More than 24 hours after news broke that a ransomware attack had effectively disabled the world’s largest advertising company, WPP has yet to fully recover. Several hours ago, the company issued a statement acknowledging that the incident is ongoing.
Sorrell reassures staff as rivals debate next steps
“Many of you will have experienced significant disruption to your work. However, contrary to some press reports, WPP and its companies are still very much open for business,” read last night’s internal memo attributed to chairman Martin Sorrell. “We are a group packed full of highly creative, ingenious and dedicated people. I urge you all to put those qualities to use in making sure that what our clients experience in the hours and days ahead is as close to business as usual as we can possibly manage.”
Meanwhile, observers around the industry speculated about the implications of what appeared to be a chance encounter between WPP and a group of still-unknown hackers seeking to indiscriminately cripple businesses in the interest of short-term monetary gains.
Spokespeople for WPP’s chief competitors Omnicom, Publicis Groupe and IPG declined to comment on the news. But privately, many wondered whether the security systems that these huge networks currently have in place could have prevented such an incident—and how they should proceed in addressing a long-simmering threat that became very real this week.
“Over the last 24 hours, my inbox has been blowing up with messages from recruiters,” said Tom Pageler, chief risk officer and chief information security officer at Neustar, a company that specializes in risk management and related services. He added that one “very large” company had reached out regarding what it called an “urgent position” managing data security.
“The industry realizes that they’re really not where they need to be,” he said. “When you see recruiting efforts pick up, you know it’s really bad.”
An industry caught unprepared
Experts have now determined that the attack was a variation on May’s WannaCry, which also targeted Windows systems and demanded payment in bitcoin form. Despite a series of “patches” developed by Microsoft in March, both that attack and the one that hit this week did significant damage to a number of businesses and government organizations.
“Enterprises are clearly not prioritizing patches effectively,” said Forrester senior analyst Josh Zelonis in summing up his key takeaway. “While some organizations may have situations where they are unable to patch, that excuse doesn’t scale when you get a worm causing damage on this level.”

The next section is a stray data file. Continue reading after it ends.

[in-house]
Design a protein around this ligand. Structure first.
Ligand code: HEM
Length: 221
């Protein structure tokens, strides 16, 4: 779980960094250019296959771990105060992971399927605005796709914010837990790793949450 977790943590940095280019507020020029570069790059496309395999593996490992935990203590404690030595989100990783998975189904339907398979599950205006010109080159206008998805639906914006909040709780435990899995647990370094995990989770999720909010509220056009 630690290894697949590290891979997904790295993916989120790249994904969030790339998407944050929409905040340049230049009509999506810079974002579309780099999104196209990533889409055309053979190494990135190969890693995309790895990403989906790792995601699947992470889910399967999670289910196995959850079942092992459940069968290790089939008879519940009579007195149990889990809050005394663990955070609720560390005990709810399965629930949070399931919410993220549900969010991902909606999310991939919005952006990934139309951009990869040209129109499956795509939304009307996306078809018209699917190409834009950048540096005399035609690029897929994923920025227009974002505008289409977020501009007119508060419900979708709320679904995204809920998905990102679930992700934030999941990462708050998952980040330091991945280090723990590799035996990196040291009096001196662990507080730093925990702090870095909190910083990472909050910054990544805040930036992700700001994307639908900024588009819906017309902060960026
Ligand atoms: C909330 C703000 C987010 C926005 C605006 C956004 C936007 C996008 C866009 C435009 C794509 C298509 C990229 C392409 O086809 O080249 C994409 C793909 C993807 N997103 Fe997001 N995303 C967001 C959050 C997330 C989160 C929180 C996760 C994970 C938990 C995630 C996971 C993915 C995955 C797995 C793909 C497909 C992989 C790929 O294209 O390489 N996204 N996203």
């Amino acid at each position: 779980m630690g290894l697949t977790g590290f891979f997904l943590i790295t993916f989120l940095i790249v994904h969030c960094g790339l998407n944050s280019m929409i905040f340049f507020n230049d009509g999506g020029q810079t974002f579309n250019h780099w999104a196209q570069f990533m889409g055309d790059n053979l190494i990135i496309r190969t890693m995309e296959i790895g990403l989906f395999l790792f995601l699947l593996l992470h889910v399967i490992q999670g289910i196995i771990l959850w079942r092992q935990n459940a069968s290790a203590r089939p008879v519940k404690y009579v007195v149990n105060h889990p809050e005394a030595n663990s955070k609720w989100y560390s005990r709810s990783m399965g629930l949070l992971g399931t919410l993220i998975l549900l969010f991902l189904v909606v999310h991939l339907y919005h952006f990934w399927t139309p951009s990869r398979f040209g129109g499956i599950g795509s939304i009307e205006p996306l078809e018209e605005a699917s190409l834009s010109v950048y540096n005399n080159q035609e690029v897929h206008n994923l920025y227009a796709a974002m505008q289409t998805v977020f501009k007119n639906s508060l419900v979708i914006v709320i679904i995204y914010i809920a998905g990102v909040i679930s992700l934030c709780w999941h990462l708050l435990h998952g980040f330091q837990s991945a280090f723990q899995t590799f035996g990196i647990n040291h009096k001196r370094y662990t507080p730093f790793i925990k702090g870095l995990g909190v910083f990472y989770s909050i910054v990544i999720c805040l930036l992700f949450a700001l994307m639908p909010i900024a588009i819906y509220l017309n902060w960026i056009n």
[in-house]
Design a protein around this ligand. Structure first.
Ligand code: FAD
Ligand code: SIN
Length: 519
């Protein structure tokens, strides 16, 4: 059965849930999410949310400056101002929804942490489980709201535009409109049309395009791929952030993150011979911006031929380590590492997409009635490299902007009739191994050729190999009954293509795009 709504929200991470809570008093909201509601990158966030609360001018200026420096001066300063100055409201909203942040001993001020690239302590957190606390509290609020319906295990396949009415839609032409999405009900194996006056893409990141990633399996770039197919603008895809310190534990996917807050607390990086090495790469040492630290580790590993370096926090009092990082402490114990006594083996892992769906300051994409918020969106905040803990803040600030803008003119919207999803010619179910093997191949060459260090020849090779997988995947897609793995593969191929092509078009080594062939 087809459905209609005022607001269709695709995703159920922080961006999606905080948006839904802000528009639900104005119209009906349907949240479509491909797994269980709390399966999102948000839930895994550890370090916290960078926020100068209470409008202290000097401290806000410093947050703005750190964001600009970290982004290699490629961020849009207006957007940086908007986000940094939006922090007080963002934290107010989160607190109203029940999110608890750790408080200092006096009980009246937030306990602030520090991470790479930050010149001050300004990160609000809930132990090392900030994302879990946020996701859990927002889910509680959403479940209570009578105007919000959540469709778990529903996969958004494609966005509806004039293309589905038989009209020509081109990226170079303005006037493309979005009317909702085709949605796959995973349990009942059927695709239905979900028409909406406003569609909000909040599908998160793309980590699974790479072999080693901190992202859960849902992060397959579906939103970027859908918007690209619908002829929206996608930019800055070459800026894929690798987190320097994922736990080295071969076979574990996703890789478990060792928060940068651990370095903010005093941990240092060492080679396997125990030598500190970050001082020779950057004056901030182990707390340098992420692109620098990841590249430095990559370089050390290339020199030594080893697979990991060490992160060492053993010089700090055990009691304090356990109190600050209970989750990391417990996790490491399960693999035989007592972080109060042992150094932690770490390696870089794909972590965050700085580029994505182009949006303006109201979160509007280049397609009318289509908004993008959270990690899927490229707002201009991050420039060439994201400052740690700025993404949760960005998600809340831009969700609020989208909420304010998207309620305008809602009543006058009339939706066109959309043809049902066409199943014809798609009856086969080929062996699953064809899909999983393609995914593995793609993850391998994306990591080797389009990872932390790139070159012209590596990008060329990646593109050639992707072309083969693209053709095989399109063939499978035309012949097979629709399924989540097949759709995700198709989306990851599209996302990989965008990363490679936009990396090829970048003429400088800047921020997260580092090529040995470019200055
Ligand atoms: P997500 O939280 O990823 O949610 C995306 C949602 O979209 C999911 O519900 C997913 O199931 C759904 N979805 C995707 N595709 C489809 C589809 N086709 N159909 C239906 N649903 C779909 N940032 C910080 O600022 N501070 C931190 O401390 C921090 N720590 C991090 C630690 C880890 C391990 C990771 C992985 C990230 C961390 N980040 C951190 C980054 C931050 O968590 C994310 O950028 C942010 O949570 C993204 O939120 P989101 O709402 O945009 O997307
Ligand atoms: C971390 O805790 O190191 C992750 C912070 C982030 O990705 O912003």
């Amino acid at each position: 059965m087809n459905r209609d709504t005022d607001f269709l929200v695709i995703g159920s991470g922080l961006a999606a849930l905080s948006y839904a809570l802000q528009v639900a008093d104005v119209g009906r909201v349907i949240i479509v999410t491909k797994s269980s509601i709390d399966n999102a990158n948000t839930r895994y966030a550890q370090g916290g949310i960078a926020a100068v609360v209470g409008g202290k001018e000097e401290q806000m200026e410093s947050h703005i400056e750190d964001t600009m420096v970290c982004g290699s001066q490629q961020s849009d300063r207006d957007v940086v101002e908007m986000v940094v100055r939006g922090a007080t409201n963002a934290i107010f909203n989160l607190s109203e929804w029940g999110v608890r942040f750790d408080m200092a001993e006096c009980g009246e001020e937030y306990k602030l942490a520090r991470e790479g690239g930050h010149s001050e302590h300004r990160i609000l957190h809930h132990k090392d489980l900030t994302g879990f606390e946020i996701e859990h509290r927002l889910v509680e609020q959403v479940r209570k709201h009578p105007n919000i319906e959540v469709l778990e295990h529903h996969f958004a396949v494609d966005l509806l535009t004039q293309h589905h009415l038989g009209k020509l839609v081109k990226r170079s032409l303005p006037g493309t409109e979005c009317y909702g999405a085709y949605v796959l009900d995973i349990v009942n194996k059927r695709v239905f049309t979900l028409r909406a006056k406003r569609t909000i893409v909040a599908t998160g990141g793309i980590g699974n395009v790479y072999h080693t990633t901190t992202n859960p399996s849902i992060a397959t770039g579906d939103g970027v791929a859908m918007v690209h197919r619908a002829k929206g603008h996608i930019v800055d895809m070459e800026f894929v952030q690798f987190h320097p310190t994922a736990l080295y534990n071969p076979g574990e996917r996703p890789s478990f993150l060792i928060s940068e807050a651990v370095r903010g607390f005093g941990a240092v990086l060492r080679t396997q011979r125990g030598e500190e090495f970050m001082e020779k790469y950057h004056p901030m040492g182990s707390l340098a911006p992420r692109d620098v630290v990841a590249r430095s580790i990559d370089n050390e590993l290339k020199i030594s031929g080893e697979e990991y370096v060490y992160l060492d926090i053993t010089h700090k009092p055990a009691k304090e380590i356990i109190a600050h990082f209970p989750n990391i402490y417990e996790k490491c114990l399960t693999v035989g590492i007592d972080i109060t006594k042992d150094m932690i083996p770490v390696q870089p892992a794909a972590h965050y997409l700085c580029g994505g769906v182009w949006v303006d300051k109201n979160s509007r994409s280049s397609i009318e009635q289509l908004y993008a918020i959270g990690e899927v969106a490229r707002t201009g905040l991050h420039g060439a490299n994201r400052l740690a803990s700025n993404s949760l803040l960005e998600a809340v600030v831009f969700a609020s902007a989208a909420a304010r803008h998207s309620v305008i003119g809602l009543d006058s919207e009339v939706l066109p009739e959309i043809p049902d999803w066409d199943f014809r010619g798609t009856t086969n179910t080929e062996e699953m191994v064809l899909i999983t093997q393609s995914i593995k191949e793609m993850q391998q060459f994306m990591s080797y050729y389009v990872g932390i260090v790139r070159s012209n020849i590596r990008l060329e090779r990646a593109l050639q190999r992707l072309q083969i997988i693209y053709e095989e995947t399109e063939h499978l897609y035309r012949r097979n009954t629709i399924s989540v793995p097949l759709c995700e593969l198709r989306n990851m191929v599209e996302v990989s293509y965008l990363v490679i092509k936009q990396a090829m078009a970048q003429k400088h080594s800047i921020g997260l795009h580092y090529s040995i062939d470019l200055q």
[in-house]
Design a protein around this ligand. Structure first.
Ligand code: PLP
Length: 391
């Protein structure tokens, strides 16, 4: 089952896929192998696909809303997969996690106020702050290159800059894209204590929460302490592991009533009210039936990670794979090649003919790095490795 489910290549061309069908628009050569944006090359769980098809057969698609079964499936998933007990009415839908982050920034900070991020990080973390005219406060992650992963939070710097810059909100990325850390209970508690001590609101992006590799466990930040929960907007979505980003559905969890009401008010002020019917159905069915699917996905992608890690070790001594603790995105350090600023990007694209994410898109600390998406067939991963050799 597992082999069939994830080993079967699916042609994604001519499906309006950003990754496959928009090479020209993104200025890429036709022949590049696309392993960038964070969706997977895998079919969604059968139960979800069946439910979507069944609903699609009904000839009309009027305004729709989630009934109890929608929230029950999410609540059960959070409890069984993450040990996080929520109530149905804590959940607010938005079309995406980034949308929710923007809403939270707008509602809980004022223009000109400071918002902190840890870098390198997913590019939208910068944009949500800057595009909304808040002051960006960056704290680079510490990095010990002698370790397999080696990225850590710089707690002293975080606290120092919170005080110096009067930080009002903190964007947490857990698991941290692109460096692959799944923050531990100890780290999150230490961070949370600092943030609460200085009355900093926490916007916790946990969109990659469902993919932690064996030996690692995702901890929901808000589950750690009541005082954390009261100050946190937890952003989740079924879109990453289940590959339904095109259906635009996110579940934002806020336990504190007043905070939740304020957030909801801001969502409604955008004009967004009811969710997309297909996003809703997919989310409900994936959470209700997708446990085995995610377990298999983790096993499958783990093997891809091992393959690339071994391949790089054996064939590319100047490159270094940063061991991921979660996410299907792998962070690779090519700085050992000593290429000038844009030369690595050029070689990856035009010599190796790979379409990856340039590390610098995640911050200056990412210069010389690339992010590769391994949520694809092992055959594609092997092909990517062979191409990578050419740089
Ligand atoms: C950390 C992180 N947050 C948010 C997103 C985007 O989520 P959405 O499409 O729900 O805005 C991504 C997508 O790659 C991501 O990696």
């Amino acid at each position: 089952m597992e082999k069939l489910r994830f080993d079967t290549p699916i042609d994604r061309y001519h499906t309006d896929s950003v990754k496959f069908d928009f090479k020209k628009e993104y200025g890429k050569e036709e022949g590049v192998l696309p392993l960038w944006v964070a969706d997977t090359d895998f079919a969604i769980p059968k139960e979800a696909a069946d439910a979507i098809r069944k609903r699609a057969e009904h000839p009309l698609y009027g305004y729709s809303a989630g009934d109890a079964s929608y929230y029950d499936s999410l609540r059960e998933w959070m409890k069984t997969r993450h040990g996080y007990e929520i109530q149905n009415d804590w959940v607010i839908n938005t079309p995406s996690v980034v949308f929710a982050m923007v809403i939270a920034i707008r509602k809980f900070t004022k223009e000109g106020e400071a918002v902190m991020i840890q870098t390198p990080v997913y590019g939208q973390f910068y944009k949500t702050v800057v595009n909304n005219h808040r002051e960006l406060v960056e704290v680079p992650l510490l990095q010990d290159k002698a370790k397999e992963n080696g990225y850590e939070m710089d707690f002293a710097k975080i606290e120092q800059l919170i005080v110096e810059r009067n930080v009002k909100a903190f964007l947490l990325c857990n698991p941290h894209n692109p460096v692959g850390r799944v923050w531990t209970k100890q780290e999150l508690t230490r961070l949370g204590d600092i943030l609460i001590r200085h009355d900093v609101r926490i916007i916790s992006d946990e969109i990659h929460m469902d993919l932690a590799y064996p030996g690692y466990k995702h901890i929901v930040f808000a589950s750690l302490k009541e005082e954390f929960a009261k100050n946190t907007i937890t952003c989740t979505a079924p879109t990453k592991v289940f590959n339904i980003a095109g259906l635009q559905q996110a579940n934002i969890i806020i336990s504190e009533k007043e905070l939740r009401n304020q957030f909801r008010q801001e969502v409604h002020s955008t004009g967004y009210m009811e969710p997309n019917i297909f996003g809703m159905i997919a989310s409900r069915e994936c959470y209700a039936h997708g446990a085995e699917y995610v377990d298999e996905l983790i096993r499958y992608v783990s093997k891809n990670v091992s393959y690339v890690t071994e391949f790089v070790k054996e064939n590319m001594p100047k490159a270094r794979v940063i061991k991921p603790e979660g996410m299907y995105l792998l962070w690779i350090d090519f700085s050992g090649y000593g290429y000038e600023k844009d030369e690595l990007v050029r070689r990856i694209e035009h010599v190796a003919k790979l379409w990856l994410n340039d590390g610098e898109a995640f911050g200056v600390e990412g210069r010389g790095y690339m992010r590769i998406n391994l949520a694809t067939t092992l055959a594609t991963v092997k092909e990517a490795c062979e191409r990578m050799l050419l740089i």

“WPP got hit because they’re so large and they have a presence in Ukraine,” said Pageler, who formerly led cyber security and fraud initiatives at JPMorgan Chase. “Ransomware is definitely here to stay,” he added, citing a dramatic growth in such attacks over the past two years.
“There’s no way to anticipate what the next attack is going to be. Marketing and security are going to have to converge in some meaningful way, because these things affect customer experiences,” said Neustar chief marketing and communications officer Steven Wolfe Pereira.
Time for marketers to step up
Agencies are not unaware of this fact. In recent years, many of the largest networks have built internal security teams equipped to deploy their own patches and hired third-party firms to test their systems by sending fake scam emails in an attempt to better gauge internal readiness. But Pageler said such wide-scale defensive measures can prove difficult within organizations as large and widespread as WPP, and other holding company sources agree that there is simply no way to know whether their own systems could have prevented what happened this week. One particularly frightening aspect of the WannaCry virus model is that it can affect fully patched systems once it gains access to the larger network.
Pageler said that, when hit by such an attack, organizations like WPP must first ensure the safety of their most important assets.
The next step usually involves reviewing both in-house and third-party security teams.
“If you’re a holding company, you’re not going to get the biggest and best [talent] because it’s not needed,” said Pageler. “They’re probably doing the minimum versus other, more heavily regulated industries like financial services that deal with critical data.”
The Neustar executive predicted that WPP will soon announce the hiring of “a heavy hitter” in the data security sphere and that comparable organizations will eventually turn to outsourcing this sort of work due to a paucity of legitimate security experts. He also argued that the general trend of hiring a chief information officer who oversees the security team is unproductive, stating that the competing goals of “making things work and fast” and ensuring a larger system’s security will inevitably conflict with one another.
“The CMO has been living in a bubble,” said Pereira, who thinks marketing chiefs must better “understand how a data breach will affect the brand” when such incidents often lead to millions in lost revenue and years of recovery efforts.
A greater share of related responsibilities should fall to the chief marketing officer, Pereira argued, because he or she doubles as the voice of the consumer. “IT is going to change every single business,” he added. “It’s a whole new world.”